HootSuite, an online dashboard that allows you to connect to multiple social networks from one website, delved into the tricky game of election analytics this election cycle and found out a few interesting things from their results.
By analyzing tweets and tweets only, the people at HootSuite were able to predict the nature of public sentiment toward both presidential candidates.
What they found was that tweets about Obama were around 20 percent negative, while tweets about Romney were 36 percent negative.
HootSuite started aggregating these statistics during the last few weeks of the race.
Additionally, many more people in general were tweeting about Obama than Romney, according to twitter stats. On Nov. 5, about 59,000 people tweeted @mittromney while more than 85,000 tweeted Barack Obama. When it became clear that Obama was going to sweep the election, the incumbent president’s twitter mentions became increasingly more common than those about Romney.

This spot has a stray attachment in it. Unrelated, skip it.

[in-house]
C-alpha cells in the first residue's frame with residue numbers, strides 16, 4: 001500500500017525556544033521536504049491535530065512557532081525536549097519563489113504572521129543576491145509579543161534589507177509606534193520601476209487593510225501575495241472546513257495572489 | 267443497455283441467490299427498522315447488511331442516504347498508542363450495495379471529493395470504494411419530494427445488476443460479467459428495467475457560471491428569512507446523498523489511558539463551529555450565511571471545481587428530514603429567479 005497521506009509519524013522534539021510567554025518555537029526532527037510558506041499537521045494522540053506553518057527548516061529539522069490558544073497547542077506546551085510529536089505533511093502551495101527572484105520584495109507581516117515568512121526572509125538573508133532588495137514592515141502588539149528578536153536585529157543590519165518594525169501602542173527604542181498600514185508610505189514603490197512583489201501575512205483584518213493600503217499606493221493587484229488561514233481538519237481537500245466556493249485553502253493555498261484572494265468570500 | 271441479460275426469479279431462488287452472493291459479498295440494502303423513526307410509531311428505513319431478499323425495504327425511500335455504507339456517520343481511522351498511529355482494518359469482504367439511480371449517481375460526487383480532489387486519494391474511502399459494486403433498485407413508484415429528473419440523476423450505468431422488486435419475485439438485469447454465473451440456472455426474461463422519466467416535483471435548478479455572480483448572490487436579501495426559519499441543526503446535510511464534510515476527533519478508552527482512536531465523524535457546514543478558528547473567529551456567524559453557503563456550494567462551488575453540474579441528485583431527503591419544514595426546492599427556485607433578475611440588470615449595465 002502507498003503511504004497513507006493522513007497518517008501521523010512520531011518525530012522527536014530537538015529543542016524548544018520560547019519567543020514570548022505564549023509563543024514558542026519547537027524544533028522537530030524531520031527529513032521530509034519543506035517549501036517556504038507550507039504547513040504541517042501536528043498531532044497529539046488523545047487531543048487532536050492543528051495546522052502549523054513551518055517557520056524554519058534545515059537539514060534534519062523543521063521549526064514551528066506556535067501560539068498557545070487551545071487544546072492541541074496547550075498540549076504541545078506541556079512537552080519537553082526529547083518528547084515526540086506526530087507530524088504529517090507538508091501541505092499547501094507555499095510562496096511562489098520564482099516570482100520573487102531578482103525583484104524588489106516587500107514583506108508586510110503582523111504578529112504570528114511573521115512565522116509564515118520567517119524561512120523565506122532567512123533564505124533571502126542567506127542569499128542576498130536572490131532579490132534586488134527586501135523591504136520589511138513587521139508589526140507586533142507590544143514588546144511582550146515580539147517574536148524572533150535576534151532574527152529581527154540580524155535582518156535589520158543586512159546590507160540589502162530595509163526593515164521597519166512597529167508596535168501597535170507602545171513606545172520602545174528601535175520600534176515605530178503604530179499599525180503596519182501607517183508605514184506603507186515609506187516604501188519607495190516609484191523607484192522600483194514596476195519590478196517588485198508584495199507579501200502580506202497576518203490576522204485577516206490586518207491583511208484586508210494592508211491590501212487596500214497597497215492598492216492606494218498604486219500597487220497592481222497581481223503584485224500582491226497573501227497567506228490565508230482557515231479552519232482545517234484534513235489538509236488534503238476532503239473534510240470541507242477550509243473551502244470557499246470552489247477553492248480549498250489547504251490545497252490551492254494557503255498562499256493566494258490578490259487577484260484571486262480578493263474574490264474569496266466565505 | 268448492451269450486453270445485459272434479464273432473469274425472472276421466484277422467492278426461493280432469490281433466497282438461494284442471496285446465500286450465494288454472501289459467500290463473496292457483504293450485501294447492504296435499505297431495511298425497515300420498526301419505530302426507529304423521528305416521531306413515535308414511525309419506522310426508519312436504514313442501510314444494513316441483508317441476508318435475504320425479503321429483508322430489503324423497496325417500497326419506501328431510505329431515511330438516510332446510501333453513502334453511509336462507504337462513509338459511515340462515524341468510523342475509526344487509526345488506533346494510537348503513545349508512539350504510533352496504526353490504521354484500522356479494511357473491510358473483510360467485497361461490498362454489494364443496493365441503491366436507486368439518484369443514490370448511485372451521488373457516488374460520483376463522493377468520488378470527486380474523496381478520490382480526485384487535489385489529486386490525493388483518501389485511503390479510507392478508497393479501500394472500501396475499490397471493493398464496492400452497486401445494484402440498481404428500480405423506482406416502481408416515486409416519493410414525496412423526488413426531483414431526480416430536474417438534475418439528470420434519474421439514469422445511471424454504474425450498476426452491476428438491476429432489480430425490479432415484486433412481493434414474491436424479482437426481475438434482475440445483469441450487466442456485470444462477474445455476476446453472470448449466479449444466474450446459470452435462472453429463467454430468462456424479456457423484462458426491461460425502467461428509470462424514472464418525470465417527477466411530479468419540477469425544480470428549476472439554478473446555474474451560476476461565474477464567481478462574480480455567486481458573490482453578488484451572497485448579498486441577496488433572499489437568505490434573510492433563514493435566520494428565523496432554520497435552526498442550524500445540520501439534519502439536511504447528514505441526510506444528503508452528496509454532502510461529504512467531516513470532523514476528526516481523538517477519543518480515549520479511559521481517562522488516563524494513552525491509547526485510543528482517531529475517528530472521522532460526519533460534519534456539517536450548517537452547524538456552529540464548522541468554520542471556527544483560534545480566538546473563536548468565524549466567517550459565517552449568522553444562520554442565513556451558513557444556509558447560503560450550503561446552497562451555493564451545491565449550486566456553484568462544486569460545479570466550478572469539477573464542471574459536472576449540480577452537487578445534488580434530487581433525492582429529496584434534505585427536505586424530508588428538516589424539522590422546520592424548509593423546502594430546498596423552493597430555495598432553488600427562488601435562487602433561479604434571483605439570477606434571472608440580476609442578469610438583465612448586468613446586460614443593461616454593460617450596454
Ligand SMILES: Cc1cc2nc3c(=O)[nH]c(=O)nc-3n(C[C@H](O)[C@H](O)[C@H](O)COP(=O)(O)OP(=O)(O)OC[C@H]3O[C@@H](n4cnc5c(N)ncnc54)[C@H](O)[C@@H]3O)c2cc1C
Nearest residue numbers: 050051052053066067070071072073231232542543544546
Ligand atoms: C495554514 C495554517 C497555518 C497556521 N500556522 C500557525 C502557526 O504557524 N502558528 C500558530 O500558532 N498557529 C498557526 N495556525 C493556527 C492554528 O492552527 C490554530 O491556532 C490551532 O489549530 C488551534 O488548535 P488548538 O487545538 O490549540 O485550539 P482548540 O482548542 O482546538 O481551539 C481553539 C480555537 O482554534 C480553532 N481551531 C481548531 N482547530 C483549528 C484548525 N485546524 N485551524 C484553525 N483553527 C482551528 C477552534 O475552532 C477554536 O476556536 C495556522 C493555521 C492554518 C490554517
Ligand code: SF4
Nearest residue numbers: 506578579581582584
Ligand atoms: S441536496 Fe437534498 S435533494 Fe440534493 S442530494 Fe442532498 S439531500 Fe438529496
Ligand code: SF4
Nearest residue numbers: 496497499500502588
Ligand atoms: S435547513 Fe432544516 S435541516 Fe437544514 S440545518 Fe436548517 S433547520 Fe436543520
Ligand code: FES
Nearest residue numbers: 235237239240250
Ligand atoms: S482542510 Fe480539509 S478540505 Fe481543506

On the flip side, Paul Ryan’s twitter account was much more popular than Biden’s during the election, but first lady Michelle Obama trumped Ann Romney’s popularity stats exponentially.
Obviously, these statistics are not demographically representative of the U.S. population. Twitter users tend to be younger, I would assume, and younger generations were more supportive of Obama’s camp than Romney’s. Even still, HootSuite’s analysis offers an interesting glimpse into the public opinion that is thrown so freely into cyberspace and, in essence, is at the complete disposal of media scrutinization.